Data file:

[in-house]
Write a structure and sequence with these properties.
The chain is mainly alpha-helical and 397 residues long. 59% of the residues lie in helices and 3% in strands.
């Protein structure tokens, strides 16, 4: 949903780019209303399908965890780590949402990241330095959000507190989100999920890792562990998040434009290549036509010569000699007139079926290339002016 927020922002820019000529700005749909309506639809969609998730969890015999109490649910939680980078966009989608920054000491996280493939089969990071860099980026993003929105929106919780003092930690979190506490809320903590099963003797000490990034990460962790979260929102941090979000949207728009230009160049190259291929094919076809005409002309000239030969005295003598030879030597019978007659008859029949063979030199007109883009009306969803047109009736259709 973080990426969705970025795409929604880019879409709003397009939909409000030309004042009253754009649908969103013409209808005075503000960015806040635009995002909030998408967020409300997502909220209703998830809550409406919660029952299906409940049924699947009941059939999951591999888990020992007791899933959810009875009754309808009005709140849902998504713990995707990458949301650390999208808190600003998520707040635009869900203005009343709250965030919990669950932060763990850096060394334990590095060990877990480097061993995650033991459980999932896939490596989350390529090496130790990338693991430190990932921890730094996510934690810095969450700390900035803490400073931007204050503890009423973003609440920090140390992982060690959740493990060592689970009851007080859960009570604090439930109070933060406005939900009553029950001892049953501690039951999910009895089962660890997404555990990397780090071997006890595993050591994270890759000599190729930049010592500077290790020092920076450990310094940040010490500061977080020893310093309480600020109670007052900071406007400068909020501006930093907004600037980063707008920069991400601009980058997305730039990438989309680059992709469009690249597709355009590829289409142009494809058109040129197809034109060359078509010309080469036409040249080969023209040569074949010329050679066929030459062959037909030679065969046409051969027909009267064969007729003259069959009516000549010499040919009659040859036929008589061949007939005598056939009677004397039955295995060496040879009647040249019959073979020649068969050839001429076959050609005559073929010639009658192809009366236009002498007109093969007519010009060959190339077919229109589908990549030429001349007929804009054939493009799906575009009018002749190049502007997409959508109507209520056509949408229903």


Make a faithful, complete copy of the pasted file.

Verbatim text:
[in-house]
Write a structure and sequence with these properties.
The chain is mainly alpha-helical and 397 residues long. 59% of the residues lie in helices and 3% in strands.
């Protein structure tokens, strides 16, 4: 949903780019209303399908965890780590949402990241330095959000507190989100999920890792562990998040434009290549036509010569000699007139079926290339002016 927020922002820019000529700005749909309506639809969609998730969890015999109490649910939680980078966009989608920054000491996280493939089969990071860099980026993003929105929106919780003092930690979190506490809320903590099963003797000490990034990460962790979260929102941090979000949207728009230009160049190259291929094919076809005409002309000239030969005295003598030879030597019978007659008859029949063979030199007109883009009306969803047109009736259709 973080990426969705970025795409929604880019879409709003397009939909409000030309004042009253754009649908969103013409209808005075503000960015806040635009995002909030998408967020409300997502909220209703998830809550409406919660029952299906409940049924699947009941059939999951591999888990020992007791899933959810009875009754309808009005709140849902998504713990995707990458949301650390999208808190600003998520707040635009869900203005009343709250965030919990669950932060763990850096060394334990590095060990877990480097061993995650033991459980999932896939490596989350390529090496130790990338693991430190990932921890730094996510934690810095969450700390900035803490400073931007204050503890009423973003609440920090140390992982060690959740493990060592689970009851007080859960009570604090439930109070933060406005939900009553029950001892049953501690039951999910009895089962660890997404555990990397780090071997006890595993050591994270890759000599190729930049010592500077290790020092920076450990310094940040010490500061977080020893310093309480600020109670007052900071406007400068909020501006930093907004600037980063707008920069991400601009980058997305730039990438989309680059992709469009690249597709355009590829289409142009494809058109040129197809034109060359078509010309080469036409040249080969023209040569074949010329050679066929030459062959037909030679065969046409051969027909009267064969007729003259069959009516000549010499040919009659040859036929008589061949007939005598056939009677004397039955295995060496040879009647040249019959073979020649068969050839001429076959050609005559073929010639009658192809009366236009002498007109093969007519010009060959190339077919229109589908990549030429001349007929804009054939493009799906575009009018002749190049502007997409959508109507209520056509949408229903």